In case Kindred reads this, perhaps knowing I got in between a gun wielding, out-of-her-mind old woman client and the police officers who were called to her house for a disturbance will help Kindred understand MANY mental health workers take HUGE risks to help daily. I just don’t wear my risk taking as a bully pulpit badge of honor. I knew the woman. I knew how to defuse the situation. I knew the police did not have my training or relationship with the woman. She could have shot me. She didn’t. They could have shot her. They didn’t. This is one example of many, many times I risked my safety to help people. I’m not superhuman. Those risks on behalf of others impacted me negatively but I’d do it again.

          Thanks, Rachel, for your kind words. They helped me.
          Peace.

          • You walked into this by taking someone else’s story of harm from abusive mental health workers personally. What you did would be the same as if someone called out abusive parents as a group and you came in to defend the idea that not all parents are bad. It wasn’t about you until you responded to someone else as if you’d been personally attacked. You can’t even own up to your own participation here. This is why we call this crap out.
            SomeoneElse’s comment wasn’t about you.

          • I have rarely read so many unjustified attacks against my character in all the time I’ve been commenting here.

            This is vile and shameful and so profoundly unprofessional I’m simply speechless.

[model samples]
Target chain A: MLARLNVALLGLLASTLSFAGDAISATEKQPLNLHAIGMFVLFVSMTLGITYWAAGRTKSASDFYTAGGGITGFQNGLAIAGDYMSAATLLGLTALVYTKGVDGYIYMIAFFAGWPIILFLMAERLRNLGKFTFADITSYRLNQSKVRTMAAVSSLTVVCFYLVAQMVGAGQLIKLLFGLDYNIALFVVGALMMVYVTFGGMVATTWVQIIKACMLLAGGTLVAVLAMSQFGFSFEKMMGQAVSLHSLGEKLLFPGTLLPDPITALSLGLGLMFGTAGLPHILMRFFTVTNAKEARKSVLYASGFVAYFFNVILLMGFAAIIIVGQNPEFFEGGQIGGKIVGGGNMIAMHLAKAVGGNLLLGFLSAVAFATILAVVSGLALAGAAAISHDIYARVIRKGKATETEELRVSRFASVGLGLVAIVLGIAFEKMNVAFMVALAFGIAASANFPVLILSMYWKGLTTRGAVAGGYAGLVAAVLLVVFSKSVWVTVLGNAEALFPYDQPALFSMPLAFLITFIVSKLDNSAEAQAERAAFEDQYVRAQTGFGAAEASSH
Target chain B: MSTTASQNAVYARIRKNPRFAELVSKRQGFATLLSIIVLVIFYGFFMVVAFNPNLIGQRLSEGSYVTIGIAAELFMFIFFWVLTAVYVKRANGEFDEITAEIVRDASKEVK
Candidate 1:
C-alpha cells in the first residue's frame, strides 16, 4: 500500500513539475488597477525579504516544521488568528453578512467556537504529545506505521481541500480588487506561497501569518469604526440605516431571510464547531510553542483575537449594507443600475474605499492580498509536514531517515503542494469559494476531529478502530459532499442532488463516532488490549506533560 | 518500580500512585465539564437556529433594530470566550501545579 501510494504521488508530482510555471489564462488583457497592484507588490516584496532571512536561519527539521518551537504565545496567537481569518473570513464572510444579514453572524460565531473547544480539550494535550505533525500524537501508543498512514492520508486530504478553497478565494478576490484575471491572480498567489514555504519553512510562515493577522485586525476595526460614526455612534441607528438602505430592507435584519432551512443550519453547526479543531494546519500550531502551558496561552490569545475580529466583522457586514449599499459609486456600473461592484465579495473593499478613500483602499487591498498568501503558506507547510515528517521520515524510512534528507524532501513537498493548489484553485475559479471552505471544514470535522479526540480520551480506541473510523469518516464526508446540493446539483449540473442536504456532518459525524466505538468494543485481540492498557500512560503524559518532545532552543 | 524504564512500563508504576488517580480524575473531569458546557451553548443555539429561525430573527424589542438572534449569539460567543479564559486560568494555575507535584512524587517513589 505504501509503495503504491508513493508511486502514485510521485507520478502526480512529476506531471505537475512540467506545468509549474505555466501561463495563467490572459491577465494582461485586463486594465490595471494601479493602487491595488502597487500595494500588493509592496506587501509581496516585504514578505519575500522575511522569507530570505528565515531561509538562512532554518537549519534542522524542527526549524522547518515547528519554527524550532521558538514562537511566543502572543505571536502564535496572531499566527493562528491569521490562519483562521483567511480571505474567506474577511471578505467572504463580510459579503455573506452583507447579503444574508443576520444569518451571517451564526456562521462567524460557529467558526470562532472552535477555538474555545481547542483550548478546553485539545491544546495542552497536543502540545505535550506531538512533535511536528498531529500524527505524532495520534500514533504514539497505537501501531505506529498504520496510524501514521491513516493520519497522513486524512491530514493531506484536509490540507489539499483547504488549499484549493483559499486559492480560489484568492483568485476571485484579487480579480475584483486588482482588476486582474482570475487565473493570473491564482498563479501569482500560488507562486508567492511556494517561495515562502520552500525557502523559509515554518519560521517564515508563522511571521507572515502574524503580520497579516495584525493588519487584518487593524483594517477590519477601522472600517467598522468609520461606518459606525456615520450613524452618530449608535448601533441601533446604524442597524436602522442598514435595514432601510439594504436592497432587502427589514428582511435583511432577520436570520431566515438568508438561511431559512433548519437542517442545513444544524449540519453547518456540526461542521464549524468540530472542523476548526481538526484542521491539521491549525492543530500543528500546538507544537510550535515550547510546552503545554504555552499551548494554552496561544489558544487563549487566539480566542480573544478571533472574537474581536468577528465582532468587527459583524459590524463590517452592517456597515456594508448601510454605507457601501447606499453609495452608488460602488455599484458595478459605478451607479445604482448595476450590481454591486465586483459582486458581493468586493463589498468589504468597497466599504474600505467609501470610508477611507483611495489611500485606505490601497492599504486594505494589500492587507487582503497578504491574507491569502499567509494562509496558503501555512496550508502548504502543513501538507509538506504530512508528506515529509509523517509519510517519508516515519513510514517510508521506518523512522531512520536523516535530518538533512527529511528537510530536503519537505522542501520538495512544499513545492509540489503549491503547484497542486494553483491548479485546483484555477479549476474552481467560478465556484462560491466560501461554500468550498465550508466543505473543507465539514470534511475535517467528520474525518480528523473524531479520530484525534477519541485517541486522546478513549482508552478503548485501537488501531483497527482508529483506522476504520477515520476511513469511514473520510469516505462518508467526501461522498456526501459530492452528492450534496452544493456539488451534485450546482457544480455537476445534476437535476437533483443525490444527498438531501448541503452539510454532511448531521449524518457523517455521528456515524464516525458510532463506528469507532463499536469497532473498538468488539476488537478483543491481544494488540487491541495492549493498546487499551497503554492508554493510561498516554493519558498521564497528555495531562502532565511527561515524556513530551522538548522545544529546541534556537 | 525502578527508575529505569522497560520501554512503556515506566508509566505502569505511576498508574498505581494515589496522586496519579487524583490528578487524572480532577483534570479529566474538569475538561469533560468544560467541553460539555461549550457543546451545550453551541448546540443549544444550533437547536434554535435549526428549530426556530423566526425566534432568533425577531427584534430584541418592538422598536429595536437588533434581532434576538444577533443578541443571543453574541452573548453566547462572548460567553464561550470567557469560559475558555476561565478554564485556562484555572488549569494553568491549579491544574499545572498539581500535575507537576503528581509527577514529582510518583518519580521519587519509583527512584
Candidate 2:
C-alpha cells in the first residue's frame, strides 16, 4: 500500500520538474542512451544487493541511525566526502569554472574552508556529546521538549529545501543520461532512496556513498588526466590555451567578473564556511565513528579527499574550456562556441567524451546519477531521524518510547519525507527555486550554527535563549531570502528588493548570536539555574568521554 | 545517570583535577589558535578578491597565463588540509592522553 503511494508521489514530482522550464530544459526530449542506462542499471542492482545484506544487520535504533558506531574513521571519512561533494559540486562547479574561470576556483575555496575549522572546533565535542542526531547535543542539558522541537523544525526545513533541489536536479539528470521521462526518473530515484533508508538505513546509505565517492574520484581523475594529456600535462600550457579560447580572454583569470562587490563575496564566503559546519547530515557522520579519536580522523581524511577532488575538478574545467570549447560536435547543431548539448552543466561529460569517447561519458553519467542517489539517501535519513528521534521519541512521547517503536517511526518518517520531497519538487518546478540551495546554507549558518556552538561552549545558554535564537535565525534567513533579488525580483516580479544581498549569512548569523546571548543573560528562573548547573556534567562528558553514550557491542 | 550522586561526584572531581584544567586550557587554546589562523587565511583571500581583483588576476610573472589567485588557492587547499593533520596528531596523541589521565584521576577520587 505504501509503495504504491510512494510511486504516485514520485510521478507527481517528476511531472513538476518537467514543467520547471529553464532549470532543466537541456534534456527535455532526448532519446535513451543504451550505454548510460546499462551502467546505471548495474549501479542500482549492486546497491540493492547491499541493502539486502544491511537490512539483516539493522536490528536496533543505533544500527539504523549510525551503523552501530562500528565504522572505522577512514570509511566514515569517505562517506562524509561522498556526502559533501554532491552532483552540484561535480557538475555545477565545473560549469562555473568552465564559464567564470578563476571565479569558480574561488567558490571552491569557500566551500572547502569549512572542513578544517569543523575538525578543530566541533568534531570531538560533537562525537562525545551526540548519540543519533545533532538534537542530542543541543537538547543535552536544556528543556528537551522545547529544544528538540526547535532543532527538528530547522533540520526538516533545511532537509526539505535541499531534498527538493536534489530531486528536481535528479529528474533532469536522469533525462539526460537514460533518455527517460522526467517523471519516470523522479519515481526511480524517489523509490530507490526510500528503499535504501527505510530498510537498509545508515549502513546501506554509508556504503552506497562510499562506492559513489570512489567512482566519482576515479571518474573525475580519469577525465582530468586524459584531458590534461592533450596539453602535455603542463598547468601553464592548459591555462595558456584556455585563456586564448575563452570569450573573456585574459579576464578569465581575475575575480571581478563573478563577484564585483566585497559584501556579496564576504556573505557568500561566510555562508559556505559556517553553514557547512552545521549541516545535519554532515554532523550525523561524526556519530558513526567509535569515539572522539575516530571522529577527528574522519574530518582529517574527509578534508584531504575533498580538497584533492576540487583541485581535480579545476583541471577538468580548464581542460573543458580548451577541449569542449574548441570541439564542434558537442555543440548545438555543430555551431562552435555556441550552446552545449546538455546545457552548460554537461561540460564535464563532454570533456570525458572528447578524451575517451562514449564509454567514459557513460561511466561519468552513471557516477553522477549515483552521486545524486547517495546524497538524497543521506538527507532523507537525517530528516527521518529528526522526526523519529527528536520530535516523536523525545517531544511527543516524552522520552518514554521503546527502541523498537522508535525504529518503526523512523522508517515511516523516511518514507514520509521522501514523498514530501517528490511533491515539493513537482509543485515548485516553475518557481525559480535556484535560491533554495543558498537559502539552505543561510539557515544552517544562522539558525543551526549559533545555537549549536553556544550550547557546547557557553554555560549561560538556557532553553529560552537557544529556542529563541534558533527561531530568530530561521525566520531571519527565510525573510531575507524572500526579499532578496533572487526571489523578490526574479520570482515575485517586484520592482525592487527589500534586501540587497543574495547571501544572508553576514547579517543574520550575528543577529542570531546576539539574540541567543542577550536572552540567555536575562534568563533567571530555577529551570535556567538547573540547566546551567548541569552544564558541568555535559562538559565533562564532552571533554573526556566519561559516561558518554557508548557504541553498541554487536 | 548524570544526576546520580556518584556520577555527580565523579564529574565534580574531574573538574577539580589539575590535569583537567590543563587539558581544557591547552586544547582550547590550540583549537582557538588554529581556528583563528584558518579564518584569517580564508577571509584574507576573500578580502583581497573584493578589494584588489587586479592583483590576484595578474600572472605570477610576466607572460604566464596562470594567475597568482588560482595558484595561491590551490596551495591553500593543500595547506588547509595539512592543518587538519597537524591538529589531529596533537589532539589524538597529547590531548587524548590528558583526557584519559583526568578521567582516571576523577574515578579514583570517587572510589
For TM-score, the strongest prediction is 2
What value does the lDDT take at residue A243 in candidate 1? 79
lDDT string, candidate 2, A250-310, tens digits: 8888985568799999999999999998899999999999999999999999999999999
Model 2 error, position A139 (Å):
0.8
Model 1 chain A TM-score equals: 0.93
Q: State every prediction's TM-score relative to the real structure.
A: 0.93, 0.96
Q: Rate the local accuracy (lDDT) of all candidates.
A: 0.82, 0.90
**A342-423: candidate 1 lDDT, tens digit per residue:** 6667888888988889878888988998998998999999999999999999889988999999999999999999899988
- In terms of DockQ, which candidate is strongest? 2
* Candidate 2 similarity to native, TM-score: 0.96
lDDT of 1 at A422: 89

I made so many concessions and explained how patients could even be defensive and protective of kind nurses. I thanked Daniel for calling out areas he thought I was wrong so I could explain.

            This is exactly the kind of targeting and pathologizing crap from those in the industry that I have been protesting and your words are both untrue and hurtful.

            Please do comment again, as many times as you’d like. I could care less about having the last word and will remember to avoid you in the future.

          • You never harmed anyone intentionally but how many times did you participate in harm because you’re part of the system which continually harms people all the time. I wonder how much you’re willing to look at that honestly. I know that I’m participating in harm because I work in the system. I don’t like it but don’t know what to do about it at this point. I could go work at something else but then what little I am able to give to people won’t get done. I don’t understand why you’re so prickly about this. Just because someone doesn’t automatically agree with you, you decide to quit and leave. You can’t be thin skinned here at MIA. Why did you take this so personally? If the shoe doesn’t fit let it be and move on.

          • Hi Both Sides, The mission of MIA is SO important in bringing awareness and needs all of our collective voices and support. Your work and advocacy in the past is appreciated as you sound like a genuine person with a conscience. If every mental health worker and psychiatrist had those attributes things would not be as bad as they are. I hope you stay around and keep letting more professionals know about MIA.

          • Both Sides, you gotta realize that most of us were deeply harmed either by individual carers or by institutions. Or both. I for one am proud to be opinionated and biased toward the underdog. After all, most of us weren’t even allowed to express our opinions. We were silenced or discredited. You don’t like it here on the ward? Don’t worry, it’s just a symptom of your paranoia. And so on.